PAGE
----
There is an instrumental aspect to what makes up Sly Withers, and then there is, of course, what the band are actually writing about. Be it coming of age or managing mental health, Sly Withers are voicing the emotions of a generation of young adults that are growing up in this world – and this economy – and feel understood when they’re singing the words to a song back to the band at a show. 

“As a general rule, we tend to write what we know and what we know tends to be our life,” Blitvich states. “Since we’ve been in a position where people have been listening to our music or wanting to listen to our music over the past few years, it’s been a pretty formative time. This kind of like – basically our twenties – you know? Shit’s tricky, stuff is hard, life is full of never-ending curve balls. Now we’ve got a cost of living crisis and the rental market’s fucked and all of that stuff. It’s always been about us trying to figure life out, and I don’t see that changing. I feel like there’s always gonna be stuff that we’re trying to figure out and that we’re struggling to come to terms with and I think at least partially, that will always be the throughline in all of our stuff. That’s what I think now, in a year I might be into abstract poetry and stuff because we have nothing left to talk about, I don’t know. But the writing has always been the core thing that binds it all together.”

Mata adds: “If we were to try and pick an idea or topic, or like a concept that we were gonna then write about, it would come across as super disingenuous and would be a very stark difference to what we normally do.”

Dedicating your life to making art, while an admirable pursuit, doesn’t protect you against the realities of being a musician in a world and industry as bleak as ours in 2023. The lifeline for Sly Withers as a band has been their manager, who they describe as “the wheels on the car that keeps us moving forward”, as well as “the seats, and the engine, and the windscreen, and the wipers.”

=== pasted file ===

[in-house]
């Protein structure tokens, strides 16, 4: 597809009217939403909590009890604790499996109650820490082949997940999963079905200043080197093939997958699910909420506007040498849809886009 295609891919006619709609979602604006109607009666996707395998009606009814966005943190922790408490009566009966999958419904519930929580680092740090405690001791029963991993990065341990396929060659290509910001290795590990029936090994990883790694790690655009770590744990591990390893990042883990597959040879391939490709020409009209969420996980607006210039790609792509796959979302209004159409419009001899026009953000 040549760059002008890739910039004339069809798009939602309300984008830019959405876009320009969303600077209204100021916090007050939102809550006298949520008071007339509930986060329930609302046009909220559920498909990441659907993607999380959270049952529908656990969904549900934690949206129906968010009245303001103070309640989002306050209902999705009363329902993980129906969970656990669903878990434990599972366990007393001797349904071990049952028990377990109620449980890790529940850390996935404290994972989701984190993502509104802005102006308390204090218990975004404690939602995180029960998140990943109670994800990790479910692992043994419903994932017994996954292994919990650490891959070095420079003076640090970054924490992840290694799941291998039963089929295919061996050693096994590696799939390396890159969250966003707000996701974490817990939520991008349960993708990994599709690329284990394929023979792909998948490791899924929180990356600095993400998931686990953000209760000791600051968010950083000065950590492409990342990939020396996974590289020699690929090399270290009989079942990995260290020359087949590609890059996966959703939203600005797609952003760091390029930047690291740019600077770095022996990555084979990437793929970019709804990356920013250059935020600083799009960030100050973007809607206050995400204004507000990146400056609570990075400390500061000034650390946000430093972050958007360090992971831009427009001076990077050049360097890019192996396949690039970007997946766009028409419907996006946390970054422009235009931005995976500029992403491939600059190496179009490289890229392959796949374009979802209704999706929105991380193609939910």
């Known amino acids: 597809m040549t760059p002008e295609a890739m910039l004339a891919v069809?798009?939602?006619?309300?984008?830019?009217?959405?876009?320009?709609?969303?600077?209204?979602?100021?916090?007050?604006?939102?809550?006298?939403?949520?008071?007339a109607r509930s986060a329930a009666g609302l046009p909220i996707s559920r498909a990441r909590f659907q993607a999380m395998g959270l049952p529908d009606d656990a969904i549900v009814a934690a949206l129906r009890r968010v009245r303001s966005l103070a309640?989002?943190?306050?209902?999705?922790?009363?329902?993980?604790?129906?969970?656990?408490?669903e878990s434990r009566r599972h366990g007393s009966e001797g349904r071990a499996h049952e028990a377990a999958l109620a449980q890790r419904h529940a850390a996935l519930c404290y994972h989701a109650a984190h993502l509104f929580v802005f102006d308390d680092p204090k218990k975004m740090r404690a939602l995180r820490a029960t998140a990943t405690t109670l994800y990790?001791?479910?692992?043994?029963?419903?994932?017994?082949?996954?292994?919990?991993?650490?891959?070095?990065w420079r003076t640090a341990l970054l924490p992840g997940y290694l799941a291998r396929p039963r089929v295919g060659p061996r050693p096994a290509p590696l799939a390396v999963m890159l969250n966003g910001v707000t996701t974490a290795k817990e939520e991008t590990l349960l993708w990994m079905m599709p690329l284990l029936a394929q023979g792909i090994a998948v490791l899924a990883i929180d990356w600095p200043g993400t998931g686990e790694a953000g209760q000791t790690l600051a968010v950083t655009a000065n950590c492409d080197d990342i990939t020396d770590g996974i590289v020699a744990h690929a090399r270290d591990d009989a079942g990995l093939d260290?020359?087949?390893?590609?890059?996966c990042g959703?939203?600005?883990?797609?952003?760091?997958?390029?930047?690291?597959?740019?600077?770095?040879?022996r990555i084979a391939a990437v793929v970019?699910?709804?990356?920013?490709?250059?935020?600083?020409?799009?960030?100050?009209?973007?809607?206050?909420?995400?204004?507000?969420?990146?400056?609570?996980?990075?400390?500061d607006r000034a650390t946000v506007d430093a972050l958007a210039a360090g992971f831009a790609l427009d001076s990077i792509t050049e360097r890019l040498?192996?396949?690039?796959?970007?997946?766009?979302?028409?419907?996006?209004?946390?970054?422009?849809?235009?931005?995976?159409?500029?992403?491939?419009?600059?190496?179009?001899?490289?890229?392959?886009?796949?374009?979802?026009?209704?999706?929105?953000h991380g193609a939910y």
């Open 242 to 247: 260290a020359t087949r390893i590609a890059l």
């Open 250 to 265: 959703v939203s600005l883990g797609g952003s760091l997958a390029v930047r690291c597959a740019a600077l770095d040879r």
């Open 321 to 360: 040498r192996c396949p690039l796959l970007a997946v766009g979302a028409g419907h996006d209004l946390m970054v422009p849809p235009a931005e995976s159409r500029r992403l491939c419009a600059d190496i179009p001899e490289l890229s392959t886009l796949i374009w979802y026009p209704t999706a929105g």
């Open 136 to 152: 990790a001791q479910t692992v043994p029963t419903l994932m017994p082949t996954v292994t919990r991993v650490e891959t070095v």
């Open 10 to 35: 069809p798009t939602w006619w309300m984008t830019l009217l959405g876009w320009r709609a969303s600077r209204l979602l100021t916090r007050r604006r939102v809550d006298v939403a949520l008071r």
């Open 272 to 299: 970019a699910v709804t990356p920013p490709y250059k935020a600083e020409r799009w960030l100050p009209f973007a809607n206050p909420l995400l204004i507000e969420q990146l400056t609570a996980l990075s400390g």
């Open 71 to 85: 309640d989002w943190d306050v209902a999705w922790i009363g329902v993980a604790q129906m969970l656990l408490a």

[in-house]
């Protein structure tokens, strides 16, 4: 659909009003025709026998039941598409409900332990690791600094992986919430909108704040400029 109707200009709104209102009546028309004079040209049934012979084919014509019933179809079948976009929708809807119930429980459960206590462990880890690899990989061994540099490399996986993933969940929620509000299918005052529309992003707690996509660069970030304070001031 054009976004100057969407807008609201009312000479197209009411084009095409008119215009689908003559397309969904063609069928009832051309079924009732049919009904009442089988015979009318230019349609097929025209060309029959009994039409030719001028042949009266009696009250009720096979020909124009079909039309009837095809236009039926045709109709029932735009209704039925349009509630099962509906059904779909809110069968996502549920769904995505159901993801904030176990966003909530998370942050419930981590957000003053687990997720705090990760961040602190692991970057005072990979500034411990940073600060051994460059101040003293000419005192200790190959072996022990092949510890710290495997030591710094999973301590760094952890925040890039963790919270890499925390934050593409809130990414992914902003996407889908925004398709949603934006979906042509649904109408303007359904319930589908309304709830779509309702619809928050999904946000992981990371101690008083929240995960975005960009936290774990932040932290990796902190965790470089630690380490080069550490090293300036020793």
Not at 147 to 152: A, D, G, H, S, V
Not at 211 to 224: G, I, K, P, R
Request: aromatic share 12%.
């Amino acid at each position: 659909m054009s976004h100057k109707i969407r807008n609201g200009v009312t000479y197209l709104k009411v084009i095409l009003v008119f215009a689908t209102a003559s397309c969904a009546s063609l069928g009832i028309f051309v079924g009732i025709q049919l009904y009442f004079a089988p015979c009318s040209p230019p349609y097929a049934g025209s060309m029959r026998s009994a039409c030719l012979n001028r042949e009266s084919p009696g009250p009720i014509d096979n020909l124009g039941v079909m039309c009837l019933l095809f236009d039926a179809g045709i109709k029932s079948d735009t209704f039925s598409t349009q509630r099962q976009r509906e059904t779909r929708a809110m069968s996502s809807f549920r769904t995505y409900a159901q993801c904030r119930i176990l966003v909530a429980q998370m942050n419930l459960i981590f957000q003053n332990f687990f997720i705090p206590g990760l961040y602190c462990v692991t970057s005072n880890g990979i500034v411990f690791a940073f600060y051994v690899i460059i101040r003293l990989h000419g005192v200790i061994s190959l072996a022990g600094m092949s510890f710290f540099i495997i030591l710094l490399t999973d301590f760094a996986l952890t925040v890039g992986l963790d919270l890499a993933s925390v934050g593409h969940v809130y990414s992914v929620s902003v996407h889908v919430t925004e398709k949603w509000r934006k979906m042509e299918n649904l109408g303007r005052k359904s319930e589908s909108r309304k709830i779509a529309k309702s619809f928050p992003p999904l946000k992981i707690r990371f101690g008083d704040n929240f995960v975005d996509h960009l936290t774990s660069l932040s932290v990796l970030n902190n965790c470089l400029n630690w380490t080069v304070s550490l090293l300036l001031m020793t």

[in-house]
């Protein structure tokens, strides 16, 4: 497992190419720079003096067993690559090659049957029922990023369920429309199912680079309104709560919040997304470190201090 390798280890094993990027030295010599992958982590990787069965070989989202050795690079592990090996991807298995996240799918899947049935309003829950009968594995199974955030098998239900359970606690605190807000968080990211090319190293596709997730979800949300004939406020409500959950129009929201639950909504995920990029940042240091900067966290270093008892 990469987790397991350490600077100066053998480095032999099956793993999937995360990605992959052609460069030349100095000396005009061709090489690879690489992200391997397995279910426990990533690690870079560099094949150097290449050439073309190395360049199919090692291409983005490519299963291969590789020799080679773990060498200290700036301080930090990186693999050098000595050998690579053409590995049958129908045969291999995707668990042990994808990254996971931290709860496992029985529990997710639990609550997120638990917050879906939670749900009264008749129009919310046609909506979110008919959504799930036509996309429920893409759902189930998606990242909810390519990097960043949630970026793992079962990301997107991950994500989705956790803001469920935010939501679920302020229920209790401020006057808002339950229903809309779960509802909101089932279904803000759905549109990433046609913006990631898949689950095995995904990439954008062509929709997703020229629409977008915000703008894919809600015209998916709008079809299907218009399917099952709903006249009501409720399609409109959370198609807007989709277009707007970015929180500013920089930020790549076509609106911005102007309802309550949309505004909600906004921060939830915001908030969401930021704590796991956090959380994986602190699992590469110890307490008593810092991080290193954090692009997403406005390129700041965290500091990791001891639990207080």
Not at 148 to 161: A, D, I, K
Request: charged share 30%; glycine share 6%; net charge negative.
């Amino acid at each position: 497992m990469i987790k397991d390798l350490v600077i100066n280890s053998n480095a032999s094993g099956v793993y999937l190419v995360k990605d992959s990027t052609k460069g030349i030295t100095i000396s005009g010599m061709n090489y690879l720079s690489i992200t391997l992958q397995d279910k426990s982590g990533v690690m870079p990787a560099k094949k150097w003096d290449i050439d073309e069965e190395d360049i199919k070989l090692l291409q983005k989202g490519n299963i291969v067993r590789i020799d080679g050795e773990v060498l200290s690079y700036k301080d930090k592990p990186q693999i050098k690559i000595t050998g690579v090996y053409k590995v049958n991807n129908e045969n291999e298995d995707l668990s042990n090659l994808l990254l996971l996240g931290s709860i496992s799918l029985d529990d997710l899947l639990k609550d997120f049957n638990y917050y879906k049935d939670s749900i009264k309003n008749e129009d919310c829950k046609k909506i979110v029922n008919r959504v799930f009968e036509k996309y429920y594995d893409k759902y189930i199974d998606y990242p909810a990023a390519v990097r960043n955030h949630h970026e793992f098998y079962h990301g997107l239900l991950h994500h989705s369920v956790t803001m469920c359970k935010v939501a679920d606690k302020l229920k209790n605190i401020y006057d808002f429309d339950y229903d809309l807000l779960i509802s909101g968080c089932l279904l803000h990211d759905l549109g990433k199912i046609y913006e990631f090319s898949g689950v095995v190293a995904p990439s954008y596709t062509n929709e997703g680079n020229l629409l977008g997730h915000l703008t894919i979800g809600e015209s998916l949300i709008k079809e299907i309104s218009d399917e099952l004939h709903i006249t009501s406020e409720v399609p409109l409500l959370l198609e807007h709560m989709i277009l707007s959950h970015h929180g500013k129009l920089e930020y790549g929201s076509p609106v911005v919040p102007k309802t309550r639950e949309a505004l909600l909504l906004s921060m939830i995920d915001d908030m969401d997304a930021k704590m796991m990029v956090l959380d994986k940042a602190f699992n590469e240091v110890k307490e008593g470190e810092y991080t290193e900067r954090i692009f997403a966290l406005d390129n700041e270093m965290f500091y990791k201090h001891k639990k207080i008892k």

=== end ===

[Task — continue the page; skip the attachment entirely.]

“I think definitely in terms of navigating the music industry as a whole, we are super lucky with the team that we have assembled around us,” Mata says, while Blitvich agrees: “Special shout out to our incredible booking agent Casey as well, Skinny and Casey really, really kept the ship afloat while the world was in crisis and we were rescheduling shows seven times and all that stuff. It was pretty chaotic and they were the ones doing all the hard work and it made it that little bit easier to just keep doing the next thing and everything will kind of fall into place.”

Sly Withers – Regional(ish) Tour

Thursday, July 6th
Volta, Ballarat
Tickets: Oztix

Friday, July 7th
Pier Bandroom, Frankston
Tickets: Oztix

Saturday, July 8th
Torquay Hotel, Torquay
Tickets: Eventbrite

Friday, July 14th
Uni Bar, Hobart
Tickets: Oztix

Saturday, July 15th
Royal Oak (Matinee Show), Launceston
Tickets: Royal Oak

Saturday, July 15th
Royal Oak, Launceston (SOLD OUT)
Tickets: Royal Oak

Sly Withers & Tigers Jaw Australian Tour

Friday, August 11th
Croxton, Melbourne
Tickets: Oztix

Saturday, August 12th
Factory Theatre, Sydney
Tickets: Century

Tuesday, August 15thWednesday, August 16th
Sidefest at the Brightside, Brisbane
Tickets: Oztix

Friday, August 18th
Lion Arts Factory, Adelaide
Tickets: Moshtix

Saturday, August 19th – Sunday, August 20th
Sidefest at Freo.Social, Fremantle
Tickets: Moshtix